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Dispatches from London: Beating the Expat Life Blues in London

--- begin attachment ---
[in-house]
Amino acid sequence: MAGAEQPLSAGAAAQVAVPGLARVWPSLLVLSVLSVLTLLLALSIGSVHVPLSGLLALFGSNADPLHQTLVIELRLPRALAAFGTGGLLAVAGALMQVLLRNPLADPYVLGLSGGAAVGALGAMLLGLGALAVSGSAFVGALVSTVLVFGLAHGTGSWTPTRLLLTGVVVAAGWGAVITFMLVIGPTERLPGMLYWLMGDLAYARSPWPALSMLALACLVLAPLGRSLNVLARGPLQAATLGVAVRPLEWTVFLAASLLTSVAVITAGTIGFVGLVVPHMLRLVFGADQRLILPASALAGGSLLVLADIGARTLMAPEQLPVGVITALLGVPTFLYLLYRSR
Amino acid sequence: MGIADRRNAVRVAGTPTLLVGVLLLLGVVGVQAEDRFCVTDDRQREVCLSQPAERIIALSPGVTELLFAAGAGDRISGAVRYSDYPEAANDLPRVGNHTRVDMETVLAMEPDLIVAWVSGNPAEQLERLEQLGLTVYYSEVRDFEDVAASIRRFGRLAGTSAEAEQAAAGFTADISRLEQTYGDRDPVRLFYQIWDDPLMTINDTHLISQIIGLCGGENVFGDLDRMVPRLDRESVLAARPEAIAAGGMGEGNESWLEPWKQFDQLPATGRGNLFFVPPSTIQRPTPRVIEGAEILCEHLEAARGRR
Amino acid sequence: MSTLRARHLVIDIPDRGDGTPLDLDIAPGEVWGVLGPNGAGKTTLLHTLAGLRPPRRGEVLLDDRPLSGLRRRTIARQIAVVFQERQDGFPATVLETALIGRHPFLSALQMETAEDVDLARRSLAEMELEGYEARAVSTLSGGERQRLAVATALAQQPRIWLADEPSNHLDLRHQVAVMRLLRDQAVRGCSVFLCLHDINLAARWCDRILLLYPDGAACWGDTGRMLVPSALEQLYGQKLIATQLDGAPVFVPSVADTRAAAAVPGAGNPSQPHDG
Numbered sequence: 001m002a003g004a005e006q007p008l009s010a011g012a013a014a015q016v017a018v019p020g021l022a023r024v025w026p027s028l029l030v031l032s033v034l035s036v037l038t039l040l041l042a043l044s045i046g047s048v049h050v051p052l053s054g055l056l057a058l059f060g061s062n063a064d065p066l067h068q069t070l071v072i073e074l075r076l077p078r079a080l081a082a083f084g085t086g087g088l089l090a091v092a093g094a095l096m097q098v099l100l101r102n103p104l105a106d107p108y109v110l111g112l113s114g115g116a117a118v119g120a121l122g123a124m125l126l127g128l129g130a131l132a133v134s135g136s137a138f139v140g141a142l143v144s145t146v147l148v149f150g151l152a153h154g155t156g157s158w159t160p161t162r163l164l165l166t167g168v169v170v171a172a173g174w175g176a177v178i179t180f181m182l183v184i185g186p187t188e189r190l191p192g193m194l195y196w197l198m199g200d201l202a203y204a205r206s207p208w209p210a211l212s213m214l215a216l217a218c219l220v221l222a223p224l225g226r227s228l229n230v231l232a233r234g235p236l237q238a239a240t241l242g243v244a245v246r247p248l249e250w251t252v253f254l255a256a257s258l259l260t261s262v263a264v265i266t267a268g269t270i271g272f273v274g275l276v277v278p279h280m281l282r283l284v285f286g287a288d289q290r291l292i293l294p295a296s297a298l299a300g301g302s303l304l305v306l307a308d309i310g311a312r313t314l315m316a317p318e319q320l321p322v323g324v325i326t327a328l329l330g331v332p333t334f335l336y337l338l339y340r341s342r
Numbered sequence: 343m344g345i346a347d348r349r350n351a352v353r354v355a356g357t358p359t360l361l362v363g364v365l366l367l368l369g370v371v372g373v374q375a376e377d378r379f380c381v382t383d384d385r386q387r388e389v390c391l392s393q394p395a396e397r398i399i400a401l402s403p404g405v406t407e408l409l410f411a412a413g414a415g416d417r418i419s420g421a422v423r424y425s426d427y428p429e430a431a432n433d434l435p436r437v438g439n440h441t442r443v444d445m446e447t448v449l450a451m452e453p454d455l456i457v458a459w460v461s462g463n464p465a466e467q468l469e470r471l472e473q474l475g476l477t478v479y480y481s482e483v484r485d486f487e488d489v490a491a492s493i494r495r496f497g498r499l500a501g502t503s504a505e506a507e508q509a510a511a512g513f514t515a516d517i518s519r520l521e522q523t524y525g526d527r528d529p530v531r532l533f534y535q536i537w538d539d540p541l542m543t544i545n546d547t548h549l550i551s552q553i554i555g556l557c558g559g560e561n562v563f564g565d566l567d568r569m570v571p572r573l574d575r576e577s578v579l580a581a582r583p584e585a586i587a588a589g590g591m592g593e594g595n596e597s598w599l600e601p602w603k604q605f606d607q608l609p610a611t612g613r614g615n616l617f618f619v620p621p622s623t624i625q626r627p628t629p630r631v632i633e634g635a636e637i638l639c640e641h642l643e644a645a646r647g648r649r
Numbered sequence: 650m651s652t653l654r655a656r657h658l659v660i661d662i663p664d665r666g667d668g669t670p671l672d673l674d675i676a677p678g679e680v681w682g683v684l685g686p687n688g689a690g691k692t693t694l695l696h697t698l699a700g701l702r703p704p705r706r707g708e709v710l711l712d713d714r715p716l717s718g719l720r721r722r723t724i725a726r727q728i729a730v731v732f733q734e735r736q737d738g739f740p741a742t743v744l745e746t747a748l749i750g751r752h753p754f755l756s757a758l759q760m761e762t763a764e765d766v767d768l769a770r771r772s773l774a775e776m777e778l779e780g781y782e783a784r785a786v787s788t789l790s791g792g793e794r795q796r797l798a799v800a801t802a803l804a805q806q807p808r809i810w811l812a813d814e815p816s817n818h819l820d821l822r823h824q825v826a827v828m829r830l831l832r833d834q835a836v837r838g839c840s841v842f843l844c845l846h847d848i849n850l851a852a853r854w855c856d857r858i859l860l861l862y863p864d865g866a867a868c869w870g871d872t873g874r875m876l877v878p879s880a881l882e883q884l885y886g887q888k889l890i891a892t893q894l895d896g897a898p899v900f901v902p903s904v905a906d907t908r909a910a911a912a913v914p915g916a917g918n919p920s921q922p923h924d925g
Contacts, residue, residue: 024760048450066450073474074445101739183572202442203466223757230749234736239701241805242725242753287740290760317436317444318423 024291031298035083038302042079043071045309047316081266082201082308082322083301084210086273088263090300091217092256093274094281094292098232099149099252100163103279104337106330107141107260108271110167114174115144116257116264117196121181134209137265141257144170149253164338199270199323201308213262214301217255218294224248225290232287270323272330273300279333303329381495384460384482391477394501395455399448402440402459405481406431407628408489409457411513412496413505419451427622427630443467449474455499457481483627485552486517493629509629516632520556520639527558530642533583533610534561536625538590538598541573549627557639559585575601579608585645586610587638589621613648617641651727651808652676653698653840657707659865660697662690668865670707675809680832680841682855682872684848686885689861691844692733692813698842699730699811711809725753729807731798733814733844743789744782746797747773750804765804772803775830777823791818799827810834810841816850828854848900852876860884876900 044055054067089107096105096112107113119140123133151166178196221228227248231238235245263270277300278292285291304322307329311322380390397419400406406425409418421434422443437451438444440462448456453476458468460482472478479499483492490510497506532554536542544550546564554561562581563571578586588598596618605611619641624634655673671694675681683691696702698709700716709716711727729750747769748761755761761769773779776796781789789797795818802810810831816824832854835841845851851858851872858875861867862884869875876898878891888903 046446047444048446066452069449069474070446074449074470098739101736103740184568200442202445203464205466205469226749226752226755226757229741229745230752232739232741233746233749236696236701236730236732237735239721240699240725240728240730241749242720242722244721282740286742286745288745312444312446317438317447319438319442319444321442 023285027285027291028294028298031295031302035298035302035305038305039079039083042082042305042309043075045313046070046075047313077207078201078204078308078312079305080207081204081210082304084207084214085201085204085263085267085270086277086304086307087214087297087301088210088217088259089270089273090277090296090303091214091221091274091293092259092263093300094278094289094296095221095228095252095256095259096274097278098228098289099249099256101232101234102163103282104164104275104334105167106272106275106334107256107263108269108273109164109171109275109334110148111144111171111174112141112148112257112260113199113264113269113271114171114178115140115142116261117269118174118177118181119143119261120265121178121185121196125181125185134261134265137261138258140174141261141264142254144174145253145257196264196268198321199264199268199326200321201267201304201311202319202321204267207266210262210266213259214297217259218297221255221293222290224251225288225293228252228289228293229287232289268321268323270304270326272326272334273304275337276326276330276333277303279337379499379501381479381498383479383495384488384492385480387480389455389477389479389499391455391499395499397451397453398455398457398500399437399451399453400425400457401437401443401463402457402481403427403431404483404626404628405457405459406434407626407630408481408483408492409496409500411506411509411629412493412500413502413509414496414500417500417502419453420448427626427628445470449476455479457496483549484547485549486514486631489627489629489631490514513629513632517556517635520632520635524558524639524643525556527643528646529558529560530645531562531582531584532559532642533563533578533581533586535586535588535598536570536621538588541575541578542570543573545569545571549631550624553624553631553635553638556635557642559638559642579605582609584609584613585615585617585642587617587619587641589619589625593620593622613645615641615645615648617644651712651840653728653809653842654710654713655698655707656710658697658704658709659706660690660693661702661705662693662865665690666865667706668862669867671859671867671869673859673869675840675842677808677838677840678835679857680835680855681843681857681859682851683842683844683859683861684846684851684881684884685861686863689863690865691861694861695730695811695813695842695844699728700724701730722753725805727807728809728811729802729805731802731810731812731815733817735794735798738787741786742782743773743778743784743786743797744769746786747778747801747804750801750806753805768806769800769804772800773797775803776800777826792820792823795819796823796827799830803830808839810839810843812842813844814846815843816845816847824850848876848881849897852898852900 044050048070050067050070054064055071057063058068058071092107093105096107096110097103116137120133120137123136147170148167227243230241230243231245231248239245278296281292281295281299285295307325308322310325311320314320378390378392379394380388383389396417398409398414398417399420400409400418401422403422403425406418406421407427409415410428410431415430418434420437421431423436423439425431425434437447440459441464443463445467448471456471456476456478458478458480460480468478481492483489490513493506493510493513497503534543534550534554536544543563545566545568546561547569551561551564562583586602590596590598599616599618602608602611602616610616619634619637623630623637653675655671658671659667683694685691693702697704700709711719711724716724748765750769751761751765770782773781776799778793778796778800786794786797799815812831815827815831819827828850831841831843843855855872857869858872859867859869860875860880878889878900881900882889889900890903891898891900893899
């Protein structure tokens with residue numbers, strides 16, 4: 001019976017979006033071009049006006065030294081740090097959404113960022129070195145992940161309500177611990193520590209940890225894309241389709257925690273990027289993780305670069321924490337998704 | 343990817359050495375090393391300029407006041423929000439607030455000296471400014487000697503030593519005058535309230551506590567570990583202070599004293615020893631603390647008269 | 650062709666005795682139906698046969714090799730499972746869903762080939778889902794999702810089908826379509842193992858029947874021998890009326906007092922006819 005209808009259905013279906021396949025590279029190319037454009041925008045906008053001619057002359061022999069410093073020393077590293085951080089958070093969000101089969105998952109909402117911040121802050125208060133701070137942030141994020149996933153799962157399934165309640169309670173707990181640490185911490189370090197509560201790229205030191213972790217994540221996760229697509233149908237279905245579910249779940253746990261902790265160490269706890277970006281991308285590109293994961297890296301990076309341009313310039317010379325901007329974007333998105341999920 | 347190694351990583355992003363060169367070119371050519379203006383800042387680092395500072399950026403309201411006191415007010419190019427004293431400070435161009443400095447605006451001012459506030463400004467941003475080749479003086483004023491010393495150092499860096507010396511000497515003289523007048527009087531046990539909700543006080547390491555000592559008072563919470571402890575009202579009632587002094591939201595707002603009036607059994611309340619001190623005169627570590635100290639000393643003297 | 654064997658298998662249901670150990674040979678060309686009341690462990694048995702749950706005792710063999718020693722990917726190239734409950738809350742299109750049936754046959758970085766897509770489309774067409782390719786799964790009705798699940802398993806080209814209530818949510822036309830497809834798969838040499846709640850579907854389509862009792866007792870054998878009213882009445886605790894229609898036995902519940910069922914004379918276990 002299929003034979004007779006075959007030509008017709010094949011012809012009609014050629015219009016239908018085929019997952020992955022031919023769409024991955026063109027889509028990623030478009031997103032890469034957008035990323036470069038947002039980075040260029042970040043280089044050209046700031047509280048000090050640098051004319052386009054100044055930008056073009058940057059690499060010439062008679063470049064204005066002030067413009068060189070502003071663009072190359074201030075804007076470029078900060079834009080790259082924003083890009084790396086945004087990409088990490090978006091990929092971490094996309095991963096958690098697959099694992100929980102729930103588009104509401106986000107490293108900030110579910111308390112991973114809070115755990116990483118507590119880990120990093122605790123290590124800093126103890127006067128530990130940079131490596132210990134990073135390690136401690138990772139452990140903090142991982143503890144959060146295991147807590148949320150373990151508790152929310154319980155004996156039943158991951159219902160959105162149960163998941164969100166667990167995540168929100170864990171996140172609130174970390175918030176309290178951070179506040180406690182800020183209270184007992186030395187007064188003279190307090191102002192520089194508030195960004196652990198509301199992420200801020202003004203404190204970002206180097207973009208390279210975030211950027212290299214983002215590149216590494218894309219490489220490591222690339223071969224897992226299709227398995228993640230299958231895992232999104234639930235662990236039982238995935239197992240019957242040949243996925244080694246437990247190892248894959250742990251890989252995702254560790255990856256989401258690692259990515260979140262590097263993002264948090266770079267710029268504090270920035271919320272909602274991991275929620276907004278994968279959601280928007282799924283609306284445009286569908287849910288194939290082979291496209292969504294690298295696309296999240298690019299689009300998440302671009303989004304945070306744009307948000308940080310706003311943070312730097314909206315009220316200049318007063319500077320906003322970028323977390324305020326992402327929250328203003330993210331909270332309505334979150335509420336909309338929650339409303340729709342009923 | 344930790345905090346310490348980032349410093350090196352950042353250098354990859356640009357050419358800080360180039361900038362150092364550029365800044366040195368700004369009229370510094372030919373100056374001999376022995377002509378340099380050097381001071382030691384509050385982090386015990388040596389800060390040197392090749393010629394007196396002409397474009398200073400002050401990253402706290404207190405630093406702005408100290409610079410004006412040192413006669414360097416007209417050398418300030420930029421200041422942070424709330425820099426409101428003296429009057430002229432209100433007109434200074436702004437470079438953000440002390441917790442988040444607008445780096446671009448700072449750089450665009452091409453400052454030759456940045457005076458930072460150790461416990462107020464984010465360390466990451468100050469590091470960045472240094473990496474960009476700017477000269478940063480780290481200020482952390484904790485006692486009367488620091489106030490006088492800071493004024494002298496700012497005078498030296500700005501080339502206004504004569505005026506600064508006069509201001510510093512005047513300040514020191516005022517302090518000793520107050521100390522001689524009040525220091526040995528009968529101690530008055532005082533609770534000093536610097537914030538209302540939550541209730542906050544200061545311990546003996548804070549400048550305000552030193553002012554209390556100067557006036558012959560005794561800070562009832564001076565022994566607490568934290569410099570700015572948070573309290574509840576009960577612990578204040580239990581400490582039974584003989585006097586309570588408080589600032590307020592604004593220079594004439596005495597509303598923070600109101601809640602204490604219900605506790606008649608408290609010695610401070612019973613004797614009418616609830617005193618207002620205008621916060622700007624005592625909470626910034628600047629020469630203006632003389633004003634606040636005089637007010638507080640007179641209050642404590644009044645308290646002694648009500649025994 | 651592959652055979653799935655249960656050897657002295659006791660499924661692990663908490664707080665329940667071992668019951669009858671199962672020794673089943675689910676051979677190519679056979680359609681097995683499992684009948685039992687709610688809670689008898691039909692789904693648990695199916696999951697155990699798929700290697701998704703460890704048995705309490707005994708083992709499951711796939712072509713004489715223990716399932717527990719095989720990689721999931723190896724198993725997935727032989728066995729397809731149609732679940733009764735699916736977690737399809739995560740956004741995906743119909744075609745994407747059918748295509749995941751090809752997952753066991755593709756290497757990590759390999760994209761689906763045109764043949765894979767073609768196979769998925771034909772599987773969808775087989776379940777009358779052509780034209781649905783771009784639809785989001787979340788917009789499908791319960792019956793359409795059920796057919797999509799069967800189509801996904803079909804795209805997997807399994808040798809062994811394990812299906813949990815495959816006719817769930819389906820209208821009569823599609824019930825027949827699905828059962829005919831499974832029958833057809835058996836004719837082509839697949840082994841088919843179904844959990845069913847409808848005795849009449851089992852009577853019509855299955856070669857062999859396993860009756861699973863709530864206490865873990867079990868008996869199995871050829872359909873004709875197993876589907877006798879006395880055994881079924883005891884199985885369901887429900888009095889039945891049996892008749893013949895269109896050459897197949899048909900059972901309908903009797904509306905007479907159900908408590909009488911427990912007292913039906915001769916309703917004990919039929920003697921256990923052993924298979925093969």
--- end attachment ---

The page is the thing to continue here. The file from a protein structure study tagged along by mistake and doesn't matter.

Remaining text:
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When a person comes to London for the first time, or maybe even the second or third, in their eyes, it’s this metropolis of royalty and history. The first things to see are Big Ben or Buckingham Palace. There’s a list of things one has to do while they’re in London, and that list can be quite long, with most of the items being free. It’s a chance to see a play or musical on the West End. There’s no way someone will miss out on going to Trafalgar Square. All of this encompasses a feeling of excitement and freedom a person has when they’re visiting a city they’ve always wanted to go to. Now that I have lived here for over four months, my wonderment for London has waned a little bit. This isn’t to say that I don’t still get very happy every time I walk past Piccadilly Circus, or see a double decker red bus. It’s just that now all of this seems commonplace to me, and I can now understand why all the people who asked me upon my arrival, “Why would you want to live in London?” were so concerned at my gleefulness at living here.